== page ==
Practical Software Estimation Measurement

Introducing an Estimating Tool to your Process Isn’t all that Scary

Software Estimation Tool

Many organizations have a need and interest in introducing tools for estimating their IT development efforts, but are reticent due to the perceived disruption, or all out difficulty of execution.  Estimating touches many parts and processes of the organization, so implementation can seem daunting. However, many organizations I work with are surprised by the relative ease of the integration and how the results pay off in spades.

While a process may have been in place for years, or merely months, any good estimating tool should be able to adapt and be woven into that process.  This includes aligning the estimating tool to the nomenclature of the environment and customizing the tool to an organization’s project types such as Cloud, Agile, ERP, Waterfall etc.  Even a seemingly small step of branding the tool itself to the corporate identity, via company logo placement, can help.  Once a tool has your environmental language and “feel” embedded, it starts to belong.  Initially, all of this can be accomplished at a very centralized level – one or two projects with no need for disrupting the work of the project staff.   

In addition to making the look and feel of the tool align with your organization, another step is to understand where and when the tool's functionality should be enacted in your process.  Often there are established decision gates for estimating throughout the development process in which an organization has the opportunity to enlist a tool.  In the very early concept stage of a project, we are usually asked to create an estimate with little to no concrete information.  At this point in time, we can leverage historical data for calibration, which is better than a guess.  Then, as we learn more about the projects intended functionality and attributes, we can create a refined estimate with a better grip on sizing, staffing and other metrics.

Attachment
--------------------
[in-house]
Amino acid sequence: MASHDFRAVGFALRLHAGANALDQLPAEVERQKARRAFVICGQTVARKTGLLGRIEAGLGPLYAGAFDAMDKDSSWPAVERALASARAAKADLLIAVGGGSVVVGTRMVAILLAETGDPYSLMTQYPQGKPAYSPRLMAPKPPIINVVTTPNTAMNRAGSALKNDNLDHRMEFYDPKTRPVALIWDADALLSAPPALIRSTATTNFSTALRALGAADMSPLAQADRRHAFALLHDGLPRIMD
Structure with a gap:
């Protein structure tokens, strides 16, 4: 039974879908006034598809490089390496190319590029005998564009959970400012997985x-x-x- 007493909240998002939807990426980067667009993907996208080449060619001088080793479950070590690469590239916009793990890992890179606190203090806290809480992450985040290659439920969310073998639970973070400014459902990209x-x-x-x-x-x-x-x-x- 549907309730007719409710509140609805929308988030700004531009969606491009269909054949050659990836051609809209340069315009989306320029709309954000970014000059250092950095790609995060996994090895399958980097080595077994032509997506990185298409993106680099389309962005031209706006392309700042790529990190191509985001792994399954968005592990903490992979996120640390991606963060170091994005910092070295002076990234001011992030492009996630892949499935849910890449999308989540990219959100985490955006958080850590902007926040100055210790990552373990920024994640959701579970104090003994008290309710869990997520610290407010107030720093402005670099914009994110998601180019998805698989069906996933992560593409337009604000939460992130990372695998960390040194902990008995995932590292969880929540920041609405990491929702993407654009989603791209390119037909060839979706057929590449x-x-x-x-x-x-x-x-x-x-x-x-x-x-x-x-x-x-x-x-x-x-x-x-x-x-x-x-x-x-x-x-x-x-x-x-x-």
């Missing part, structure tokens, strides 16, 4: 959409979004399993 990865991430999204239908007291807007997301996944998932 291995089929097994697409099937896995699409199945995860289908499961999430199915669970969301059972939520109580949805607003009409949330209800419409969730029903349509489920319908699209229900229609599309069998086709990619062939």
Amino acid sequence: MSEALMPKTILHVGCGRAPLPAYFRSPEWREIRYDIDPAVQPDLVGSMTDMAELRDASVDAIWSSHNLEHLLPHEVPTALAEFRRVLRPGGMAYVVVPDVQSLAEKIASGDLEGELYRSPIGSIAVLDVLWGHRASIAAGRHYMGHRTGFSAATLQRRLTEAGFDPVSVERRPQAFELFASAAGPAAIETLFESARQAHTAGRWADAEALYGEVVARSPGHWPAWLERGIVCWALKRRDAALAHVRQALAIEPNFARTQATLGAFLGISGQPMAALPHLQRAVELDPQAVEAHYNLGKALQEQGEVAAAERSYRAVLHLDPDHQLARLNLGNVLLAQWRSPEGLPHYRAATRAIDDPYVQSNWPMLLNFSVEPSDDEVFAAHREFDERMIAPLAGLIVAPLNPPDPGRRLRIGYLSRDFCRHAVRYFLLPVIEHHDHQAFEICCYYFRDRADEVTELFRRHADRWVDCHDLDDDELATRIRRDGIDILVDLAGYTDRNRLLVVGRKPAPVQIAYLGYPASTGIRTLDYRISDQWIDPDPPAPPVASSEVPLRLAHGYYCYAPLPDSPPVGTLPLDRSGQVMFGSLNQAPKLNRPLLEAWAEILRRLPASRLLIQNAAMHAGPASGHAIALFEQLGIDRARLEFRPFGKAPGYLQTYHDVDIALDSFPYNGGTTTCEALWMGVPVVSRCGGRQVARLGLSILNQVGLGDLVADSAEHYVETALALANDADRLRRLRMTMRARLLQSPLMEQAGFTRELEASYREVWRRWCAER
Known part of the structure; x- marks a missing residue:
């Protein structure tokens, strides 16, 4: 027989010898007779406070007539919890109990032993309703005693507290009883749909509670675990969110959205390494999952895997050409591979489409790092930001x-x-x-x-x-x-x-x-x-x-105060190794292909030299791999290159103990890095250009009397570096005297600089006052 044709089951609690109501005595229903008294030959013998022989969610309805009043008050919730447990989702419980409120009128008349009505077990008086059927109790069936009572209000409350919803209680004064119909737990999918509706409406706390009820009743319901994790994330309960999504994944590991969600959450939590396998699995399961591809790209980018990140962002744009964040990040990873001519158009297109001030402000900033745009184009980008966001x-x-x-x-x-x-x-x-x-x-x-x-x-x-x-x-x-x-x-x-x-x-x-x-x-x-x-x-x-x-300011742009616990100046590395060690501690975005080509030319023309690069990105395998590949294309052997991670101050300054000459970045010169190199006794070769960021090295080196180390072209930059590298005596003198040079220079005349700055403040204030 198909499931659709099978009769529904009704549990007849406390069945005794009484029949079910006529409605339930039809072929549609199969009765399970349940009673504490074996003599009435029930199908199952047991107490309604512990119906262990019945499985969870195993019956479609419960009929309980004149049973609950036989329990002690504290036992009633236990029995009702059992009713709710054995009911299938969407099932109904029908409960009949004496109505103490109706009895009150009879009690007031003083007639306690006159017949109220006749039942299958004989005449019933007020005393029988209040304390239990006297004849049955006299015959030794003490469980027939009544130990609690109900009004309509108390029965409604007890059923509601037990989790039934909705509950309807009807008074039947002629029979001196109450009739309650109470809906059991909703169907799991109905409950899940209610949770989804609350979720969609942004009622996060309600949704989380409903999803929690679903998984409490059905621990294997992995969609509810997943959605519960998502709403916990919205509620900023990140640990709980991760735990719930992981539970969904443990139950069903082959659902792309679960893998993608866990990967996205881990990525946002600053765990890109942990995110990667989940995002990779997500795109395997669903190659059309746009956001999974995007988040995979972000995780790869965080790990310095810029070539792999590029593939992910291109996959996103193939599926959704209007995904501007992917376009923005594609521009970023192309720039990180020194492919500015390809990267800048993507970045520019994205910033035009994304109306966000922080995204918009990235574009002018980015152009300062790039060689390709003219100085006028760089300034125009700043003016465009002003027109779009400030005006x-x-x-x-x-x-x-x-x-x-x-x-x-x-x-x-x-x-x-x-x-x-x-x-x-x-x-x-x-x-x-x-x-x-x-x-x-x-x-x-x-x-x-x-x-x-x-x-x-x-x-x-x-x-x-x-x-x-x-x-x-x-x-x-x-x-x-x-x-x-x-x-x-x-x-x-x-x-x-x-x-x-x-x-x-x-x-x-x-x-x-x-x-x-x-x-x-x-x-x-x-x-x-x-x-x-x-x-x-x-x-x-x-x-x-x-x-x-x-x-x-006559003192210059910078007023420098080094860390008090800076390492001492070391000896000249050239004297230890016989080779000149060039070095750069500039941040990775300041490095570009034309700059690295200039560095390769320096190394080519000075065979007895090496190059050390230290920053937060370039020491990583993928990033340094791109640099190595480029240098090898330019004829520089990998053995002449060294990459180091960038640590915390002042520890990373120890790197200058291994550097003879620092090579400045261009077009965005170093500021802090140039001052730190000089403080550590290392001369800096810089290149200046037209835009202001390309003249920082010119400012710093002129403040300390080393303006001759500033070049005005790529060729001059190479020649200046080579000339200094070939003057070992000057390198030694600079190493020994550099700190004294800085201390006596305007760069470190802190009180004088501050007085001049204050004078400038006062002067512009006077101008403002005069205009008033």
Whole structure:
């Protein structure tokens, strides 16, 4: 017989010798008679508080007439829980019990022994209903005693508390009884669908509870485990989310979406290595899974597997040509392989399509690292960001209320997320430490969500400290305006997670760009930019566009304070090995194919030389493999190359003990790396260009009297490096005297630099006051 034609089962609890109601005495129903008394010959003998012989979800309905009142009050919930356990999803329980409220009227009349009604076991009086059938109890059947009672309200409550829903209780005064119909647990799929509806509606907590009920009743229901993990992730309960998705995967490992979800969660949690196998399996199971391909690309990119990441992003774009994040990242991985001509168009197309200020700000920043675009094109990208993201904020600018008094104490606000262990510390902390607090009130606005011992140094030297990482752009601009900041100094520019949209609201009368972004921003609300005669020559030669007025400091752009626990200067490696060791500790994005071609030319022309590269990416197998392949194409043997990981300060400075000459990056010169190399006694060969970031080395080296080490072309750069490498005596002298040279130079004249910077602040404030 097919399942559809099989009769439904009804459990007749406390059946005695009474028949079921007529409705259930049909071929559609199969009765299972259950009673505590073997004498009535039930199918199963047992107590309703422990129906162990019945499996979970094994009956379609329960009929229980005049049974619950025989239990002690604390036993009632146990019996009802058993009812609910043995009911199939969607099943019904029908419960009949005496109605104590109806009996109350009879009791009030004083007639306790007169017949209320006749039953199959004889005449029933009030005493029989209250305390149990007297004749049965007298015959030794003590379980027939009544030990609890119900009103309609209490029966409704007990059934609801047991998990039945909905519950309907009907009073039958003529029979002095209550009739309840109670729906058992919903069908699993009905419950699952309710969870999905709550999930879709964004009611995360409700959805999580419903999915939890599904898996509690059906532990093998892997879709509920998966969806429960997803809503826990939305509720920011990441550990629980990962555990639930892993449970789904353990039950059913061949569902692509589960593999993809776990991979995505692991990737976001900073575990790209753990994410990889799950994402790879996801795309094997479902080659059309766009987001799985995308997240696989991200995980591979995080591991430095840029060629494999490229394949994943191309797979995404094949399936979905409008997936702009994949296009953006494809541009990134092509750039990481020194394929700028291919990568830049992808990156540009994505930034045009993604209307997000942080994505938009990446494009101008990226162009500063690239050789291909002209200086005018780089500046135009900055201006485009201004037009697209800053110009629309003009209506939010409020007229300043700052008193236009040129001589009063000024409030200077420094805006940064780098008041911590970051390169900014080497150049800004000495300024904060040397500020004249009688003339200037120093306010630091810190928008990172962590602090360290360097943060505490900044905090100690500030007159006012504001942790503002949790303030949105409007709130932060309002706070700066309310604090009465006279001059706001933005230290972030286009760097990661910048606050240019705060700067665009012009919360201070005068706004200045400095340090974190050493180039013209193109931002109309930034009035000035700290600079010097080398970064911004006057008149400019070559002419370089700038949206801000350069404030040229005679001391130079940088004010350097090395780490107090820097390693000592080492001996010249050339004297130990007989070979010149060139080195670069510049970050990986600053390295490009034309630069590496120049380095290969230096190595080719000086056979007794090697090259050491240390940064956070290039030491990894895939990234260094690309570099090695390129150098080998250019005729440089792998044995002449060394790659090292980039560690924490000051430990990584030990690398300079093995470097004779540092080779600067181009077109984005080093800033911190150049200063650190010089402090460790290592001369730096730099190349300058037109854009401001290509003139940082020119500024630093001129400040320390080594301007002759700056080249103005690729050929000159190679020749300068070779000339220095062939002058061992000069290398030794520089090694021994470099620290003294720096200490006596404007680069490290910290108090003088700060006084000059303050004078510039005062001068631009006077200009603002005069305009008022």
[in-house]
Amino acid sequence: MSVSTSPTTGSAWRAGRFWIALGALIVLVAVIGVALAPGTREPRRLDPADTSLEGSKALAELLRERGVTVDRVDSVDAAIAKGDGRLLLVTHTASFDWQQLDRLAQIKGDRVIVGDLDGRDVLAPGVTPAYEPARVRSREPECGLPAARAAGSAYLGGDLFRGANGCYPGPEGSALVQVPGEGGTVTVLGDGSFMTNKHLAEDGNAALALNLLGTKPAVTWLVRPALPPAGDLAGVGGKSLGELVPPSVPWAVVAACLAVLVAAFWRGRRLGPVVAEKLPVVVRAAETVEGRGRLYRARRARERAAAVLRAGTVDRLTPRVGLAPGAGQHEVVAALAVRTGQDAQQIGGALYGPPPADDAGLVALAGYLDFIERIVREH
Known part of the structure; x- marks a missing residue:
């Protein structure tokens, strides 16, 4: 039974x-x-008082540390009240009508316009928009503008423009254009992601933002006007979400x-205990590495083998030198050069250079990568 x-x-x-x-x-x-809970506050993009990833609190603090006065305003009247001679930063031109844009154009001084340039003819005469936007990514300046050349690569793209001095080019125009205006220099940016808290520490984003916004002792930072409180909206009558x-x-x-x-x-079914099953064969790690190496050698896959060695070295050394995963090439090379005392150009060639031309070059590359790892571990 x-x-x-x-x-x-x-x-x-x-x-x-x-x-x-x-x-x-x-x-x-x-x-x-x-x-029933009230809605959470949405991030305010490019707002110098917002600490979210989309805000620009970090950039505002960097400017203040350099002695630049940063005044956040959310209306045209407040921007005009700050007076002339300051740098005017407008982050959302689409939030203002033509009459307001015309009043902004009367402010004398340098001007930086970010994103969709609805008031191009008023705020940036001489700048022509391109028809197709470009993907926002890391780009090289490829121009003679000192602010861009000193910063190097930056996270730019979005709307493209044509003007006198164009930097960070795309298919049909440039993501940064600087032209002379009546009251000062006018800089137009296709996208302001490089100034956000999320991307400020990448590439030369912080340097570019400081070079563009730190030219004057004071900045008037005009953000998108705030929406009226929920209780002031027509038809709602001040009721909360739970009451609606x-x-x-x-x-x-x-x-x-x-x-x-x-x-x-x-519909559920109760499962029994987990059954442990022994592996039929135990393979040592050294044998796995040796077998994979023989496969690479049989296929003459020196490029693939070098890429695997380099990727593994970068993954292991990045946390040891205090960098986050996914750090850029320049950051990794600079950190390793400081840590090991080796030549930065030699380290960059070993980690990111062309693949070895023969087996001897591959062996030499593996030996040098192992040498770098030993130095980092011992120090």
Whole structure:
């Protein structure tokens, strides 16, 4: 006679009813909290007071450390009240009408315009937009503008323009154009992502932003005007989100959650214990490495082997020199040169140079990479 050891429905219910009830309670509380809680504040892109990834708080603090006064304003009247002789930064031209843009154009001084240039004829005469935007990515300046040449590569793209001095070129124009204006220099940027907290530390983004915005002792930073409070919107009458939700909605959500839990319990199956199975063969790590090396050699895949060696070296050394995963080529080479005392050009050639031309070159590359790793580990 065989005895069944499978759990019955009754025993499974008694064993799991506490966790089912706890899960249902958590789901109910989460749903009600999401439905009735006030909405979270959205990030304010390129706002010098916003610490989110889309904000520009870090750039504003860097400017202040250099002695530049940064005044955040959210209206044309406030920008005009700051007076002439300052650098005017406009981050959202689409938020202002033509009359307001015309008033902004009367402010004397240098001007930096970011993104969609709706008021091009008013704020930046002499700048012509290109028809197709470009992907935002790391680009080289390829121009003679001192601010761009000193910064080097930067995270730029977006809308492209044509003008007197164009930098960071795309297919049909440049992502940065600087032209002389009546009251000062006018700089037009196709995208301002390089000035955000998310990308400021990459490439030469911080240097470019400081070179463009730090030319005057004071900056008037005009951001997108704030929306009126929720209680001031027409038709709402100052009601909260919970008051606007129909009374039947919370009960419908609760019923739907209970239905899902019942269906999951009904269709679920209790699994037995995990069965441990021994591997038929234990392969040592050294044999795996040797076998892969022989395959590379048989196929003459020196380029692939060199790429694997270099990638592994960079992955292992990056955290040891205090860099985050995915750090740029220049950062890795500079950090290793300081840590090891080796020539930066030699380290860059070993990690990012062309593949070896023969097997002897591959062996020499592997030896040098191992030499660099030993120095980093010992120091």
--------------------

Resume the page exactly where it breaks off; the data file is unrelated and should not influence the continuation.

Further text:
From singular releases/projects, we can scale estimating to the enterprise level.  Aggregating multiple releases into a portfolio view allows us to better gauge the portfolio resource demand vs. the available capacity. Some organizations will employ a Project Portfolio Management (PPM) tool into which cost and schedule data are entered in the PPM, but typically as a plan, not an estimate (there’s a difference).  And the source of the planned cost and schedule are typically someone’s best guess, leaving the portfolio vulnerable to compounding errors in both metrics.  By integrating your estimating tool into your PPM, your portfolio of project/release estimates will now be based on sound, empirically-based data, providing confidence in the overall portfolio budget and schedule.  The aggregation of estimates into the PPM can be happening in concurrence with the individual release estimating to streamline the process.

The last thing we want is to double the effort of anyone involved in a project lifecycle through more process. Integrating and automating parametric estimation into an existing process paves the way for ROI through more efficiency and greater accuracy.   

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